By Nancy Schwartzman, “The Line” Filmmaker
posted originally http://whereisyourline.org
Last week, over 100 New Yorkers (and a few strays from New Jersey) crowded into Gallery Bar to watch THE LINE and hear from a kick-ass group of panelists, including: Erin Burrows of SAFER, Joe Samalin of Men Can Stop Rape, and Ignacio Rivera, trans artist, poet and educator. Thanks to everyone that came out and gave their voice and support!
Folks crowded up to the bar and sat along the wall for cushy seats. We give extra love to those who sat on the concrete barroom floor. Julia Weis and Meredith Villano, of Paradigm Shift hosted the event and got us the Time Out critic’s pick for the night. I was extra nervous to present the film to the home-town crowd, but was rewarded by watching the story work as a catalyst to bring folks together to talk about consent, accountability, and creating a real change in our communities and bedrooms.
After the film, I answered questions – and to my delight – fielded one from the bartender, proving that everyone has a stake in the conversation. He wanted to discuss the socialization of men, and how we applaud male promiscuity, and judge the same behavior in females. I bounced his question to Joe, who could address the work being done by men to challenge male assumptions and socialization.
Joe mentioned that even doing this work personally and professionally, his gut when watching the film, still ran to victim blaming and doubting it ‘was rape’ first.
Even as I KNEW that wasn’t the case, and knew it was socialization, I couldn’t help but go to that place of questioning (you) and getting defensive.
I asked him later about using the film in his work as an educator:
The film helps us frame sexual violence not ONLY as a women’s issue but men’s issue, and it helps us address the nuances of mens responsibility as a whole/group for the violence committed by a not so small small minority of men. My dad (bless him) actually pointed out that I should have also mentioned that we don’t want to ‘other’ violent men, that we are ALL educated/socialized to be violent, and all have that potential.
Erin Burrows explained her work as an activist with SAFER and their unique campus-based perspective:
We can prevent sexual assault through a strong communally shared and agreed upon definition of consent that accounts for a wide range of sexualities, and that a definition of consent must put the onus of obtaining consent on the initiator, and insist that silence, a previous or current relationship or consent to a previous sexual act is NOT consent.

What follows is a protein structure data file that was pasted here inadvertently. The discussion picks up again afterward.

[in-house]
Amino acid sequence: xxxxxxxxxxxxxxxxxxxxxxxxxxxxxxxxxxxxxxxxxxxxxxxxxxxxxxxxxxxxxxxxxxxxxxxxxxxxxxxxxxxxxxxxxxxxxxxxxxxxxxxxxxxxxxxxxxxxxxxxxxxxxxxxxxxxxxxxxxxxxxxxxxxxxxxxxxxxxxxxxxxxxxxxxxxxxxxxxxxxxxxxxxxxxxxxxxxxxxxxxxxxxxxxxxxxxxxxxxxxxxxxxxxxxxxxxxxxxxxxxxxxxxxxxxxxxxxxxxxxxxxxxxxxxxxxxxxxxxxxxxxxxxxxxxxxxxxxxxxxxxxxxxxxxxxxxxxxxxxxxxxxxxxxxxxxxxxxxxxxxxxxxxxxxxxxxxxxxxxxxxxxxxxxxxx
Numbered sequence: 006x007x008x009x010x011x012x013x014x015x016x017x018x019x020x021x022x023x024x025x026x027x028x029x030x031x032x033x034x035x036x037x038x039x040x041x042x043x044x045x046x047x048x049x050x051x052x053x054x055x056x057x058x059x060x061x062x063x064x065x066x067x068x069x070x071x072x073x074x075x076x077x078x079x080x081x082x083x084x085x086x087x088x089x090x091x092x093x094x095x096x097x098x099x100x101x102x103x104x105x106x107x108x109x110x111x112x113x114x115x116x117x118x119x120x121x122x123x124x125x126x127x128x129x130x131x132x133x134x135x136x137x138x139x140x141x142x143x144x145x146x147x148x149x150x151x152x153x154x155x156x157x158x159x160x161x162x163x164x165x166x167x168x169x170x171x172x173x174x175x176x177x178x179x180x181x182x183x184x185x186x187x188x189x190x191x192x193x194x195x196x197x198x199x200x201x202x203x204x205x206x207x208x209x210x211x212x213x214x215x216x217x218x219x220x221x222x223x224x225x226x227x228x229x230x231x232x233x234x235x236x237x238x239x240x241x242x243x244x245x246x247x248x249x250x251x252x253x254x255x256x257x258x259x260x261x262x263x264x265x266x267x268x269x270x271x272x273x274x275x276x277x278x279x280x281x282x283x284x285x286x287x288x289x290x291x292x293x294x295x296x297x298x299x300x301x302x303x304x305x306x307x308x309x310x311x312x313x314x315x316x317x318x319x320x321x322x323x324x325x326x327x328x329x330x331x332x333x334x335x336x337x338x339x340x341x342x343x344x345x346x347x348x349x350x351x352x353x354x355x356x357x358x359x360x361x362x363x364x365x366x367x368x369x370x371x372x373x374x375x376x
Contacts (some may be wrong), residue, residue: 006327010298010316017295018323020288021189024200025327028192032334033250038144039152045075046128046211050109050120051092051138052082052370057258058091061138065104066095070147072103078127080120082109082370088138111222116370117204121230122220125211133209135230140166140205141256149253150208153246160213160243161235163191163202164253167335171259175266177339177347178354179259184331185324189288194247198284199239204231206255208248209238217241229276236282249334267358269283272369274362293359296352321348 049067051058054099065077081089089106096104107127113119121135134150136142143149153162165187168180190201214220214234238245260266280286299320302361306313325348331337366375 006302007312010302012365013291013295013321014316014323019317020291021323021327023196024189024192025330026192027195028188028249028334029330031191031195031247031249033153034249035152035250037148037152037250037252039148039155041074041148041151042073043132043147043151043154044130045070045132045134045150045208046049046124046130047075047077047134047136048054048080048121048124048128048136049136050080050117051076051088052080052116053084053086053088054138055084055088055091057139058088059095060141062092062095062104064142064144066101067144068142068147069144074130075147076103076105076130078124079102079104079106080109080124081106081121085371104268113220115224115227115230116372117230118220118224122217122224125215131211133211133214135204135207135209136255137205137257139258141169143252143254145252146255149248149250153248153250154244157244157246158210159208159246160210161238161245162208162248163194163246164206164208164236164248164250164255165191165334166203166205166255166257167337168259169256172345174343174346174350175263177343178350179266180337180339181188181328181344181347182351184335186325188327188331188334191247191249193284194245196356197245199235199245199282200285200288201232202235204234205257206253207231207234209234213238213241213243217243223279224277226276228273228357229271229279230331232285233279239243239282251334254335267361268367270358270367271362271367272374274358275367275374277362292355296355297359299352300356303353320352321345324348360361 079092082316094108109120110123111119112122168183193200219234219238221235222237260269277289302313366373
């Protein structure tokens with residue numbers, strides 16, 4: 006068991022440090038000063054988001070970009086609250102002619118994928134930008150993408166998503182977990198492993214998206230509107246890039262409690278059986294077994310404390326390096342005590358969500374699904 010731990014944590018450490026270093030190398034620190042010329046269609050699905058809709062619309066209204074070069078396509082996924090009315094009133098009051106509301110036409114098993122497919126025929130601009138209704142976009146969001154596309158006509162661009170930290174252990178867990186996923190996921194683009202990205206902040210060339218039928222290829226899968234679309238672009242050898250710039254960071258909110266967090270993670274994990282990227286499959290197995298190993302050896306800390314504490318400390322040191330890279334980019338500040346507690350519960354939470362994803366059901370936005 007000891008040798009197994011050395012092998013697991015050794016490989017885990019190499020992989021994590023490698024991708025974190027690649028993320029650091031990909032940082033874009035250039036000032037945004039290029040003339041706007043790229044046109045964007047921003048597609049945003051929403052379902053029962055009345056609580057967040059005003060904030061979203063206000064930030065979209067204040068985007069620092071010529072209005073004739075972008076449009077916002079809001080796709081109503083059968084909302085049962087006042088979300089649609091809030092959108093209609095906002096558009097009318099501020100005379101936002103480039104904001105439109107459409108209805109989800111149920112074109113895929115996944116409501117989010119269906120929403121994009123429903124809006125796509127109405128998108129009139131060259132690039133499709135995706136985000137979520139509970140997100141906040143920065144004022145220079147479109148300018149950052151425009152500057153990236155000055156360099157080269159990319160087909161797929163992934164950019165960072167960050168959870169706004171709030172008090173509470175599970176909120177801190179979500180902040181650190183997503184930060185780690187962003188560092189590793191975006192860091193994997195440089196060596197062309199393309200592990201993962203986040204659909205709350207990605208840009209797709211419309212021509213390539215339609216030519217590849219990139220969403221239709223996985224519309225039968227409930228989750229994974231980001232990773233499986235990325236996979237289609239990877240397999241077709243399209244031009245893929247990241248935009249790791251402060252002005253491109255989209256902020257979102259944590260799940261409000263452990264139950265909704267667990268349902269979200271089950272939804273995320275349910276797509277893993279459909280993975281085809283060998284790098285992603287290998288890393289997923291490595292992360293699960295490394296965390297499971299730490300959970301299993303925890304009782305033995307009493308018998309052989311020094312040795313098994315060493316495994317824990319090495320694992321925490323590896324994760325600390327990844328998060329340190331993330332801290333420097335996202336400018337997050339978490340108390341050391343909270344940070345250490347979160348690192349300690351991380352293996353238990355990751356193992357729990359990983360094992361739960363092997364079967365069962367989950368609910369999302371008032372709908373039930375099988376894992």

She emphasized that a strong sexual assault policy for a contained community, such as a college campus, must hold people who violate consent accountable through a fair disciplinary process.
Ignacio Rivera really called out the idea of privilege and reminded me that the personalis political. They discussed the importance of harm-reduction, non biased and non judgmental approaches to assessing risk, communication and best practice for sexual health. The concept and practice of Risk Aware Consensual Kink (RACK) and Safe, Sane & Consensual (SSC) were cited as examples, and were new terms for a lot of folks in the room, myself included. Ignacio made clear that we can all learn from the queer, kink and BDSM communities when we talk about consent and sexual behavior.
Melissa Gira Grant asked the question about how we could respond to the topics raised in the film and during the panel that address the needs of the queer community. Erin responded that a movement for sexual assault policy reform must come from a broad coalition of students that is sex-positive, trans and genderqueer inclusive, and accounts for the intersectionality of multiple identities and how that impacts a person’s experience as a survivor of sexual assault. Ignacio underscored their point about taking cues and lessons from the complexities of consent from within the kink and BDSM communities. I chimed in that we’re planning on shooting some short videos to accompany the educational package of THE LINE that will include these discussions and perspectives.
Audience member Kalimah Priforce spoke up:
I am a victim of rape. When I was two years old, my mother was giving me a bath. I slipped and fell, and was bleeding. My father punished her, and raped her. My brother was born of this rape, and I buried him 18 years later. Men need to stop this violence, because we are all effected by it.
After a bleak political week, including an escelation of the war in Afghanistan and the voting down of marraige equality in New York State, hosting and provoking dialogue about creating more sex-positive education, conversations and communities, was a big, bright spot. What are some other ways you’d like tocontinue this dialogue?